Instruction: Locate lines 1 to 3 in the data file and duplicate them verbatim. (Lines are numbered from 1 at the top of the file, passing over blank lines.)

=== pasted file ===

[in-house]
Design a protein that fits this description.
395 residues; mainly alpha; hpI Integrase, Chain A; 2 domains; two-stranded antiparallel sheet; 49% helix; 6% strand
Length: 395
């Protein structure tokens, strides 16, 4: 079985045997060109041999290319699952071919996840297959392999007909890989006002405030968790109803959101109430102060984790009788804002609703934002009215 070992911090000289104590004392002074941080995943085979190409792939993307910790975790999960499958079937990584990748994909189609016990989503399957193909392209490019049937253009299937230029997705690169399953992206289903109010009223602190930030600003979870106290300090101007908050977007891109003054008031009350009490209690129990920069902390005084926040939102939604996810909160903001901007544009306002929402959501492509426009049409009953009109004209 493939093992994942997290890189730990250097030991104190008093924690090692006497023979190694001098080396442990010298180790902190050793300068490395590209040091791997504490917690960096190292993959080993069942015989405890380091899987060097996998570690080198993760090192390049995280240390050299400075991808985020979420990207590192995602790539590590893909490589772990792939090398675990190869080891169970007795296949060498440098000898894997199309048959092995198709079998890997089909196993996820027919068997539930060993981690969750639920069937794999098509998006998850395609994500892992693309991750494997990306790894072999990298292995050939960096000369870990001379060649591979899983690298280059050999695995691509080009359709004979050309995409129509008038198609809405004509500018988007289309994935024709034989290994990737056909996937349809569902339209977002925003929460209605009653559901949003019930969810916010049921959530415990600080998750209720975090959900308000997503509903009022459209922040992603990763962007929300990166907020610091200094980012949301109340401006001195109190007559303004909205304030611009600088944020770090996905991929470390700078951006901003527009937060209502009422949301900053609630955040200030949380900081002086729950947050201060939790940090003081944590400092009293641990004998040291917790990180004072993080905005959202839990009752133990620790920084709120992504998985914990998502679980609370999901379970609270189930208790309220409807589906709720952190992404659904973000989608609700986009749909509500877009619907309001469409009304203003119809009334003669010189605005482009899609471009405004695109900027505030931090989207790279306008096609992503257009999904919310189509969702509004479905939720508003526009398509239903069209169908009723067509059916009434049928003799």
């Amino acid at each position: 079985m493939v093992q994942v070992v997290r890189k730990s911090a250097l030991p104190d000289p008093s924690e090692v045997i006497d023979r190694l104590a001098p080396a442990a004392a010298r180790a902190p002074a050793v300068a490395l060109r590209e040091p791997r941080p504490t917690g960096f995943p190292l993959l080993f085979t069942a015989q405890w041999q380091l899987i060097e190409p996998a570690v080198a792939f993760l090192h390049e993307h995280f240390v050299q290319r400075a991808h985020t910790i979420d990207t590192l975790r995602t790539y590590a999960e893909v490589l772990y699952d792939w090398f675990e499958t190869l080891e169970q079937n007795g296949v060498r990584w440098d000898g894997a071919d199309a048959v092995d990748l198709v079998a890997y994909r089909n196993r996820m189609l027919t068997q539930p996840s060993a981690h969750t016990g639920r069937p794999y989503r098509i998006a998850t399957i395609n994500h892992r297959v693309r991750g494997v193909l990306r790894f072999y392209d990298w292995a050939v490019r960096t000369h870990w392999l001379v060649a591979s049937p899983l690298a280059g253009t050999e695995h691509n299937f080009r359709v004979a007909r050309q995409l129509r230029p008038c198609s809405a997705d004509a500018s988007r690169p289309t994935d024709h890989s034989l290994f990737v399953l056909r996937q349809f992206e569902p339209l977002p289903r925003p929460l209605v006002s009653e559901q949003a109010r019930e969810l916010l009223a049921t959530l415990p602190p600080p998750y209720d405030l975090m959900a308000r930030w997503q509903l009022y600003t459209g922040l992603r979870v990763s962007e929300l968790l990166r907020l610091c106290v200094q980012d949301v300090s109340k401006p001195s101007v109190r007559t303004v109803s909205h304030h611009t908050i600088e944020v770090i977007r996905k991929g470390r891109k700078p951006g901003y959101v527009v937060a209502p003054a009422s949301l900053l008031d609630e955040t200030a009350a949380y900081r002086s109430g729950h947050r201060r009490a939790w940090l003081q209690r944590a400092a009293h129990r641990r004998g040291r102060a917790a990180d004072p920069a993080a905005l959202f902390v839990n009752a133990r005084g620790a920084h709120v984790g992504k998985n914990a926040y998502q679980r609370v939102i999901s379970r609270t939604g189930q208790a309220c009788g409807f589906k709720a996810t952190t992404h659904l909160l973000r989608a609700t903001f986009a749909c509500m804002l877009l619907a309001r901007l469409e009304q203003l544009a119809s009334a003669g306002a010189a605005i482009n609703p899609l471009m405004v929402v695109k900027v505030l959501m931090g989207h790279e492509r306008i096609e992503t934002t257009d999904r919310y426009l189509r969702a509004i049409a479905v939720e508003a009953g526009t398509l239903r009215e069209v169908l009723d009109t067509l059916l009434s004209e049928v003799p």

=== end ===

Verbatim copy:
[in-house]
Design a protein that fits this description.
395 residues; mainly alpha; hpI Integrase, Chain A; 2 domains; two-stranded antiparallel sheet; 49% helix; 6% strand